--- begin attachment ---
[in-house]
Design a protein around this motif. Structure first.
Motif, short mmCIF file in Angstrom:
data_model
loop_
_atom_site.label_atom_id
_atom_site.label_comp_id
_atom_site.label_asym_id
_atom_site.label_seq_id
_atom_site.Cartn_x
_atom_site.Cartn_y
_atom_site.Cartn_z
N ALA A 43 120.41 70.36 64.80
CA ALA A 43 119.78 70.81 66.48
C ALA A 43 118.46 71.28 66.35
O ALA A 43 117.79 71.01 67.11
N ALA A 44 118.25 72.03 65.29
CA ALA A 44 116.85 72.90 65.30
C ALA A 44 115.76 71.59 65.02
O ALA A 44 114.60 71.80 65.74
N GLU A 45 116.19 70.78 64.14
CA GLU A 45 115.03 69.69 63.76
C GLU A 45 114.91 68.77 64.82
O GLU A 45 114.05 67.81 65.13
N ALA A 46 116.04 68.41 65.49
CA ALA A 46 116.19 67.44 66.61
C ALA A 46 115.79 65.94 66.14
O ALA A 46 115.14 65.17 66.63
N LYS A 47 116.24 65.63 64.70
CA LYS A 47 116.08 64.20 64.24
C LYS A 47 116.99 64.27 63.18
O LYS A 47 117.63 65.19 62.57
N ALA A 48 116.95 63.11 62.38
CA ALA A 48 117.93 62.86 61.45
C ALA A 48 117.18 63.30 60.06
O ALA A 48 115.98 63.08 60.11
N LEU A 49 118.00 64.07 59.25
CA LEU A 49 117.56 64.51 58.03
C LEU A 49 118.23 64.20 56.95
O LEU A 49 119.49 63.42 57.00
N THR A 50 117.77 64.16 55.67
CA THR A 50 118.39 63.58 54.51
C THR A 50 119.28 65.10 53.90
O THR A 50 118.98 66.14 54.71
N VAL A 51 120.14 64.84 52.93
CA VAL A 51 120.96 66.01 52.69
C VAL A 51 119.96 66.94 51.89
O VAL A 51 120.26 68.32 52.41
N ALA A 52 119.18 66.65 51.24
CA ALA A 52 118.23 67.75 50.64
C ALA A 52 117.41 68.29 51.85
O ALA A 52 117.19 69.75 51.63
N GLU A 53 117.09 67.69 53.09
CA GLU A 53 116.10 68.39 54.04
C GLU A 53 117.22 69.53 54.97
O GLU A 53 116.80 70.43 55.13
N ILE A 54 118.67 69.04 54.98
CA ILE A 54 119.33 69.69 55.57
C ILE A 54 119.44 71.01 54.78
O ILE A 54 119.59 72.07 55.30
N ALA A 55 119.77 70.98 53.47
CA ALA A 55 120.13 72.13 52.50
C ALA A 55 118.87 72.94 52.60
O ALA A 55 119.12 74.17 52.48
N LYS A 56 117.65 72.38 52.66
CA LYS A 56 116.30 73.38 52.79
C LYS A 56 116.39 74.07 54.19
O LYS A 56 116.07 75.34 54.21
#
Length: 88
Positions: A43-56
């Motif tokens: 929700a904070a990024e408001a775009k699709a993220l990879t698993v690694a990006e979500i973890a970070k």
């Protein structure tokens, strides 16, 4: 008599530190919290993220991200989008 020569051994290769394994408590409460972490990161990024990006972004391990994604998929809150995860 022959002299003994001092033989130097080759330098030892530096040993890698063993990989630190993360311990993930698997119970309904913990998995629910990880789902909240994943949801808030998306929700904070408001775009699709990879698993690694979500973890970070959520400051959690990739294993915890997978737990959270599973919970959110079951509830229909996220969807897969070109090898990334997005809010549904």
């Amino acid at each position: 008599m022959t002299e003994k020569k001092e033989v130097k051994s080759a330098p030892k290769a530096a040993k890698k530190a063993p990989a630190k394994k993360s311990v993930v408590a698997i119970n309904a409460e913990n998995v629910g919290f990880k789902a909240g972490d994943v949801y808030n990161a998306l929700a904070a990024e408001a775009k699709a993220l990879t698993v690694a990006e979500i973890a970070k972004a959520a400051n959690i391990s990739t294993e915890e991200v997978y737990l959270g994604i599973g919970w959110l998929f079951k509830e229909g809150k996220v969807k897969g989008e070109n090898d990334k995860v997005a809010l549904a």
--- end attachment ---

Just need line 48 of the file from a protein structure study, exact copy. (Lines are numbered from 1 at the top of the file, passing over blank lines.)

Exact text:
O VAL A 51 120.26 68.32 52.41